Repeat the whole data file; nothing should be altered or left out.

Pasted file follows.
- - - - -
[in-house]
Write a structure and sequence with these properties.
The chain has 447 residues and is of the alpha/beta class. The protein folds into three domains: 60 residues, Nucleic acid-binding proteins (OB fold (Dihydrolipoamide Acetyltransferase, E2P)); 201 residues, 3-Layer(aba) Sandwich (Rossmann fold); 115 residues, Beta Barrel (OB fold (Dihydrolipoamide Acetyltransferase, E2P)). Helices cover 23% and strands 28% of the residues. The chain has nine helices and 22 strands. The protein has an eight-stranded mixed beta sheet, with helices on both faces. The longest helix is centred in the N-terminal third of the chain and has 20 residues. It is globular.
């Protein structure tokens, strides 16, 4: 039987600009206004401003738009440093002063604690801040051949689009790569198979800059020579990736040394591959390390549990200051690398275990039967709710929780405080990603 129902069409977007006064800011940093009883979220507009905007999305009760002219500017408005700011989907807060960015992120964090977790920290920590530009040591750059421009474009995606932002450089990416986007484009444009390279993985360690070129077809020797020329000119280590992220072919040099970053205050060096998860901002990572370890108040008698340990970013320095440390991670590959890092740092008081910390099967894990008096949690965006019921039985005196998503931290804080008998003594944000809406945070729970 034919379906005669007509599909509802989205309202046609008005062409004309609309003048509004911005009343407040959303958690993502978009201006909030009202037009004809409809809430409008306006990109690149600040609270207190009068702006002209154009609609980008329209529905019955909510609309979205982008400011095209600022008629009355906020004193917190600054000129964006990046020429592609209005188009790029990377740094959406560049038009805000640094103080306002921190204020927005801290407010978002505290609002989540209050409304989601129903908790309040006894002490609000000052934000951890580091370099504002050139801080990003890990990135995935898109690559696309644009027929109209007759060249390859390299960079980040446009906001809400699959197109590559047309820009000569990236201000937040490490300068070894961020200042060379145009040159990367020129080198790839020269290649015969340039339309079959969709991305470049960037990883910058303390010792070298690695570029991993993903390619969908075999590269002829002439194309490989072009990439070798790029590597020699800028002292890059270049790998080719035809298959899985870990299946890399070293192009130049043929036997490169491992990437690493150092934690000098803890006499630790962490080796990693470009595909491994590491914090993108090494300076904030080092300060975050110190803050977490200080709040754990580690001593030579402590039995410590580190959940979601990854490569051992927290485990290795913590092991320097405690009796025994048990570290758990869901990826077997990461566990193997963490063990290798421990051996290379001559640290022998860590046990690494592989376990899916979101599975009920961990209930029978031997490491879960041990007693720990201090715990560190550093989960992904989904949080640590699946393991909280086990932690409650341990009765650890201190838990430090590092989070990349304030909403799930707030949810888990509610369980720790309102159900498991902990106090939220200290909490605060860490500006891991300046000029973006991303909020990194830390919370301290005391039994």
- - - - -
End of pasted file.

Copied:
[in-house]
Write a structure and sequence with these properties.
The chain has 447 residues and is of the alpha/beta class. The protein folds into three domains: 60 residues, Nucleic acid-binding proteins (OB fold (Dihydrolipoamide Acetyltransferase, E2P)); 201 residues, 3-Layer(aba) Sandwich (Rossmann fold); 115 residues, Beta Barrel (OB fold (Dihydrolipoamide Acetyltransferase, E2P)). Helices cover 23% and strands 28% of the residues. The chain has nine helices and 22 strands. The protein has an eight-stranded mixed beta sheet, with helices on both faces. The longest helix is centred in the N-terminal third of the chain and has 20 residues. It is globular.
């Protein structure tokens, strides 16, 4: 039987600009206004401003738009440093002063604690801040051949689009790569198979800059020579990736040394591959390390549990200051690398275990039967709710929780405080990603 129902069409977007006064800011940093009883979220507009905007999305009760002219500017408005700011989907807060960015992120964090977790920290920590530009040591750059421009474009995606932002450089990416986007484009444009390279993985360690070129077809020797020329000119280590992220072919040099970053205050060096998860901002990572370890108040008698340990970013320095440390991670590959890092740092008081910390099967894990008096949690965006019921039985005196998503931290804080008998003594944000809406945070729970 034919379906005669007509599909509802989205309202046609008005062409004309609309003048509004911005009343407040959303958690993502978009201006909030009202037009004809409809809430409008306006990109690149600040609270207190009068702006002209154009609609980008329209529905019955909510609309979205982008400011095209600022008629009355906020004193917190600054000129964006990046020429592609209005188009790029990377740094959406560049038009805000640094103080306002921190204020927005801290407010978002505290609002989540209050409304989601129903908790309040006894002490609000000052934000951890580091370099504002050139801080990003890990990135995935898109690559696309644009027929109209007759060249390859390299960079980040446009906001809400699959197109590559047309820009000569990236201000937040490490300068070894961020200042060379145009040159990367020129080198790839020269290649015969340039339309079959969709991305470049960037990883910058303390010792070298690695570029991993993903390619969908075999590269002829002439194309490989072009990439070798790029590597020699800028002292890059270049790998080719035809298959899985870990299946890399070293192009130049043929036997490169491992990437690493150092934690000098803890006499630790962490080796990693470009595909491994590491914090993108090494300076904030080092300060975050110190803050977490200080709040754990580690001593030579402590039995410590580190959940979601990854490569051992927290485990290795913590092991320097405690009796025994048990570290758990869901990826077997990461566990193997963490063990290798421990051996290379001559640290022998860590046990690494592989376990899916979101599975009920961990209930029978031997490491879960041990007693720990201090715990560190550093989960992904989904949080640590699946393991909280086990932690409650341990009765650890201190838990430090590092989070990349304030909403799930707030949810888990509610369980720790309102159900498991902990106090939220200290909490605060860490500006891991300046000029973006991303909020990194830390919370301290005391039994």